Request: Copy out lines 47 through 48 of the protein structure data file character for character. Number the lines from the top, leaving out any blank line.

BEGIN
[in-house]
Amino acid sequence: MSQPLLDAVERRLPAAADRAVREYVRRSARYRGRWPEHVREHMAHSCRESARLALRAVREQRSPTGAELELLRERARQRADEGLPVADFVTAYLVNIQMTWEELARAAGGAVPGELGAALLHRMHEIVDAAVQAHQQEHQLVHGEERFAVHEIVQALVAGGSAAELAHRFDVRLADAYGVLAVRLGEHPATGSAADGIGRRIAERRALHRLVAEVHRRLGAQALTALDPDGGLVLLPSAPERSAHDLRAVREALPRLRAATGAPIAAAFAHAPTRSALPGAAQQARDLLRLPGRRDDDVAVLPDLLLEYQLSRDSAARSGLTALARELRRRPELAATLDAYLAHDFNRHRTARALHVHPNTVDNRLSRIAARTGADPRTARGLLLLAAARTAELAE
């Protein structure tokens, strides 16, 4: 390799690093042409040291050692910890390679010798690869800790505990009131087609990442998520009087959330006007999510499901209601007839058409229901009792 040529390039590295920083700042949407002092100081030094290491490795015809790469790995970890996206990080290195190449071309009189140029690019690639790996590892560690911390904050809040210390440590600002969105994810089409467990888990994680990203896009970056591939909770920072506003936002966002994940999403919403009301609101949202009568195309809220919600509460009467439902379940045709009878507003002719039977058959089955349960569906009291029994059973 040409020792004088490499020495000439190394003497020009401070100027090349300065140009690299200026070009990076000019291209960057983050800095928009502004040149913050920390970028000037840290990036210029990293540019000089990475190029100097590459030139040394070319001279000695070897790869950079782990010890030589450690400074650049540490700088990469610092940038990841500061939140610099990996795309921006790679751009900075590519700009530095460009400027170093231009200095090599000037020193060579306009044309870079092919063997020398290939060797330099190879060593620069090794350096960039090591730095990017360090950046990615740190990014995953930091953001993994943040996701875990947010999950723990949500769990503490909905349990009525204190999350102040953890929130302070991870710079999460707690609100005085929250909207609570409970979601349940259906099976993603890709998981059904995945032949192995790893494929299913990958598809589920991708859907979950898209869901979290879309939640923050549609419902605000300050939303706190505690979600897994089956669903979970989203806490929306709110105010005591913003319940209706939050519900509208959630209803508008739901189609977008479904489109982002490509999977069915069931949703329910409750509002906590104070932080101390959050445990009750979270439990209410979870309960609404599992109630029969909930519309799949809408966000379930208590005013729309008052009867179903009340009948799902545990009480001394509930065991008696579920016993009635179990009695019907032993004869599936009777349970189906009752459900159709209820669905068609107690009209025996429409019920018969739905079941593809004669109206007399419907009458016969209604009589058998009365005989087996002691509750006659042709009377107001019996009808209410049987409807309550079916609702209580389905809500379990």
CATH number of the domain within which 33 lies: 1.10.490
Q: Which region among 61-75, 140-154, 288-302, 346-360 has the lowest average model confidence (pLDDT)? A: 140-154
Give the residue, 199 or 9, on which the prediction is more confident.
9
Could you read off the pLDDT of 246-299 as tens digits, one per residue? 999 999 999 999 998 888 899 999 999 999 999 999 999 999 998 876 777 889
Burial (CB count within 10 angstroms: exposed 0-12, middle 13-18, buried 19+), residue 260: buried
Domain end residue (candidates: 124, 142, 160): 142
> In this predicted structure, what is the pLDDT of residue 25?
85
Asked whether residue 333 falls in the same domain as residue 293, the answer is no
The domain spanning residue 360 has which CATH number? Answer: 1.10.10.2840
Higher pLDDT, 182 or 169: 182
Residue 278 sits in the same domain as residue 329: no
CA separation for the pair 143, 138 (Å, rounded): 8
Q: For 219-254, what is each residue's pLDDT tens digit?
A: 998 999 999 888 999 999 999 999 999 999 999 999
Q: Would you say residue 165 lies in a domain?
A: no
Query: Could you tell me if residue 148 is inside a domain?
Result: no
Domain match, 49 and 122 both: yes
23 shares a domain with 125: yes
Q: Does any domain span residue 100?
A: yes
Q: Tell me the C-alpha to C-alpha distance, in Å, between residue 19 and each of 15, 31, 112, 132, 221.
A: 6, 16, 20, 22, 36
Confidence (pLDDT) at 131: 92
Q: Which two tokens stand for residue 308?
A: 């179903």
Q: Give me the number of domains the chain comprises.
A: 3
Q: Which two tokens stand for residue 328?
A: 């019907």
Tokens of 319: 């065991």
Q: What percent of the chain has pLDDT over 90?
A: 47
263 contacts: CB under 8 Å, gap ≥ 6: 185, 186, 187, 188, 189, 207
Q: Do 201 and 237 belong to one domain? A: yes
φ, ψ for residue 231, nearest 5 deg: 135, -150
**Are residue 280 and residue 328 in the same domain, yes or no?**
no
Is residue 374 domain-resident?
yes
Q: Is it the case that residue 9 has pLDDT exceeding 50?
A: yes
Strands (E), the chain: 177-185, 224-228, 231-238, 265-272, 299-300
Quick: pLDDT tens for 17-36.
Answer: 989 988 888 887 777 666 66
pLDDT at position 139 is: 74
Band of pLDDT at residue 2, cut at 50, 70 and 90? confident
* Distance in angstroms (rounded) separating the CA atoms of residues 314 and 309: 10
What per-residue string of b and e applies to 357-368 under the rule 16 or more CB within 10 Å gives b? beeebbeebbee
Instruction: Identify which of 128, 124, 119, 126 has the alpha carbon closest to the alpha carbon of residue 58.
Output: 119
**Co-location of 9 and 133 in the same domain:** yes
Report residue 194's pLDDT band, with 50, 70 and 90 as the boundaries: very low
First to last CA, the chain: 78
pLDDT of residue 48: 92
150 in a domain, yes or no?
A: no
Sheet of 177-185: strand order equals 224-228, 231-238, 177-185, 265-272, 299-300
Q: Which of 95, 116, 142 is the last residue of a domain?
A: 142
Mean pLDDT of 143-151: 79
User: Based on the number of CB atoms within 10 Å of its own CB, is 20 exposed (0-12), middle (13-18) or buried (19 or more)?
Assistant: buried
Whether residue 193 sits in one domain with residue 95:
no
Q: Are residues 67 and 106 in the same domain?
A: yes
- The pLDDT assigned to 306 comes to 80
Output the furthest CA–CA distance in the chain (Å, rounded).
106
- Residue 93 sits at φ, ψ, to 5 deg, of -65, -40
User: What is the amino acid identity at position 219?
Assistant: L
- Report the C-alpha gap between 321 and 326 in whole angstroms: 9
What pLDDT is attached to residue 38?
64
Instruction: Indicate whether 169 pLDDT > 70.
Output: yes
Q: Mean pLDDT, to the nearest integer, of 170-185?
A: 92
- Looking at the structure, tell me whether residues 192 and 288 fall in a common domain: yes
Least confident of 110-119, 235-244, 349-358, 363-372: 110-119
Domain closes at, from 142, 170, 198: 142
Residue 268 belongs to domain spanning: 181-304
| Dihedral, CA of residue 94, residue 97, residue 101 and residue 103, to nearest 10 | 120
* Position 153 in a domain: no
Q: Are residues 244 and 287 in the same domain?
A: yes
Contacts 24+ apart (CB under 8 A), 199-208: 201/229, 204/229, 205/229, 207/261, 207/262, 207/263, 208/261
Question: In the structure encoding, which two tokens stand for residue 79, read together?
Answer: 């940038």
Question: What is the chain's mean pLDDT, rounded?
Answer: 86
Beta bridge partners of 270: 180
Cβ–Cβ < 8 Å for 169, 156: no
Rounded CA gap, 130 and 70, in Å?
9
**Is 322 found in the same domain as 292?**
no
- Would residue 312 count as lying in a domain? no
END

Q: Is it the case that residue 9 has pLDDT exceeding 50?
A: yes